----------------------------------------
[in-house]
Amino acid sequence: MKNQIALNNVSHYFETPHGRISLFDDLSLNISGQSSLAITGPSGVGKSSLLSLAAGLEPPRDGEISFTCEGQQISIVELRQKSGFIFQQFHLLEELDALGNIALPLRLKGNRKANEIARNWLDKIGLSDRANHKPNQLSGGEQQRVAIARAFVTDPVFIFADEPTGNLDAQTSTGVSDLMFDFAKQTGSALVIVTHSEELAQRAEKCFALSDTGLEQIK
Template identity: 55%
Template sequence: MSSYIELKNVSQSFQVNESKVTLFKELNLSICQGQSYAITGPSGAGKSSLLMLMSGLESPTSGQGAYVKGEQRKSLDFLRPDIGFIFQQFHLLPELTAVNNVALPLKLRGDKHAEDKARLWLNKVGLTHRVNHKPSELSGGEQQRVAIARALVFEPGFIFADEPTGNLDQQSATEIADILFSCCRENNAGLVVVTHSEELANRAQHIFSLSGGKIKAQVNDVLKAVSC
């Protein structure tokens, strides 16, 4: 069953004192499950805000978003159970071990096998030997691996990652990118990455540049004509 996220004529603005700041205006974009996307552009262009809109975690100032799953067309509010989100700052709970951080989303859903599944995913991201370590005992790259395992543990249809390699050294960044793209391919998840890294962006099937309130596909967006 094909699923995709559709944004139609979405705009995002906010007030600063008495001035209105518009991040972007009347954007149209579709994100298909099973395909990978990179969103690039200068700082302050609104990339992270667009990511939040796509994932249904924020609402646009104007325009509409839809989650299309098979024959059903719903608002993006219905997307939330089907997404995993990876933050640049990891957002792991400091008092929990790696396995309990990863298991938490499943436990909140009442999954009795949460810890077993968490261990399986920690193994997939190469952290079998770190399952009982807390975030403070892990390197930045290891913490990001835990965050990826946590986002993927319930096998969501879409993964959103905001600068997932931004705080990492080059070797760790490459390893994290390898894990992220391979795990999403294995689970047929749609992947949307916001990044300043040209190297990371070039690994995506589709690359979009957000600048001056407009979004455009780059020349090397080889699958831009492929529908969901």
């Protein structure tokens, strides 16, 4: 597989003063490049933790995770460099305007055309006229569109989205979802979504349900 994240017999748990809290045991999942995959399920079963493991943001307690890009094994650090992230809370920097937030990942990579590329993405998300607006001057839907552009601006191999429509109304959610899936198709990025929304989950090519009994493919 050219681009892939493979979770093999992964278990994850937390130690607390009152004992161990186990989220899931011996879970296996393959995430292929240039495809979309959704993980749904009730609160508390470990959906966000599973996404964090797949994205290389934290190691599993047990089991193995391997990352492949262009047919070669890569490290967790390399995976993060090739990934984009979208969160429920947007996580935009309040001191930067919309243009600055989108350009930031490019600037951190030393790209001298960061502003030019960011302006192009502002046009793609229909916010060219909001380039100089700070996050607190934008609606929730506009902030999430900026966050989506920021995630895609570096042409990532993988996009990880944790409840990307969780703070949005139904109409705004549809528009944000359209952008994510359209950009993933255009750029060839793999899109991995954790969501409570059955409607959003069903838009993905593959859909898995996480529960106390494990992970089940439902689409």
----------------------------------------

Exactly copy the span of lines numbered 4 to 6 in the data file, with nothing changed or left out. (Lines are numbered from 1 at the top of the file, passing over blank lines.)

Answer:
Template sequence: MSSYIELKNVSQSFQVNESKVTLFKELNLSICQGQSYAITGPSGAGKSSLLMLMSGLESPTSGQGAYVKGEQRKSLDFLRPDIGFIFQQFHLLPELTAVNNVALPLKLRGDKHAEDKARLWLNKVGLTHRVNHKPSELSGGEQQRVAIARALVFEPGFIFADEPTGNLDQQSATEIADILFSCCRENNAGLVVVTHSEELANRAQHIFSLSGGKIKAQVNDVLKAVSC
């Protein structure tokens, strides 16, 4: 069953004192499950805000978003159970071990096998030997691996990652990118990455540049004509 996220004529603005700041205006974009996307552009262009809109975690100032799953067309509010989100700052709970951080989303859903599944995913991201370590005992790259395992543990249809390699050294960044793209391919998840890294962006099937309130596909967006 094909699923995709559709944004139609979405705009995002906010007030600063008495001035209105518009991040972007009347954007149209579709994100298909099973395909990978990179969103690039200068700082302050609104990339992270667009990511939040796509994932249904924020609402646009104007325009509409839809989650299309098979024959059903719903608002993006219905997307939330089907997404995993990876933050640049990891957002792991400091008092929990790696396995309990990863298991938490499943436990909140009442999954009795949460810890077993968490261990399986920690193994997939190469952290079998770190399952009982807390975030403070892990390197930045290891913490990001835990965050990826946590986002993927319930096998969501879409993964959103905001600068997932931004705080990492080059070797760790490459390893994290390898894990992220391979795990999403294995689970047929749609992947949307916001990044300043040209190297990371070039690994995506589709690359979009957000600048001056407009979004455009780059020349090397080889699958831009492929529908969901």
């Protein structure tokens, strides 16, 4: 597989003063490049933790995770460099305007055309006229569109989205979802979504349900 994240017999748990809290045991999942995959399920079963493991943001307690890009094994650090992230809370920097937030990942990579590329993405998300607006001057839907552009601006191999429509109304959610899936198709990025929304989950090519009994493919 050219681009892939493979979770093999992964278990994850937390130690607390009152004992161990186990989220899931011996879970296996393959995430292929240039495809979309959704993980749904009730609160508390470990959906966000599973996404964090797949994205290389934290190691599993047990089991193995391997990352492949262009047919070669890569490290967790390399995976993060090739990934984009979208969160429920947007996580935009309040001191930067919309243009600055989108350009930031490019600037951190030393790209001298960061502003030019960011302006192009502002046009793609229909916010060219909001380039100089700070996050607190934008609606929730506009902030999430900026966050989506920021995630895609570096042409990532993988996009990880944790409840990307969780703070949005139904109409705004549809528009944000359209952008994510359209950009993933255009750029060839793999899109991995954790969501409570059955409607959003069903838009993905593959859909898995996480529960106390494990992970089940439902689409």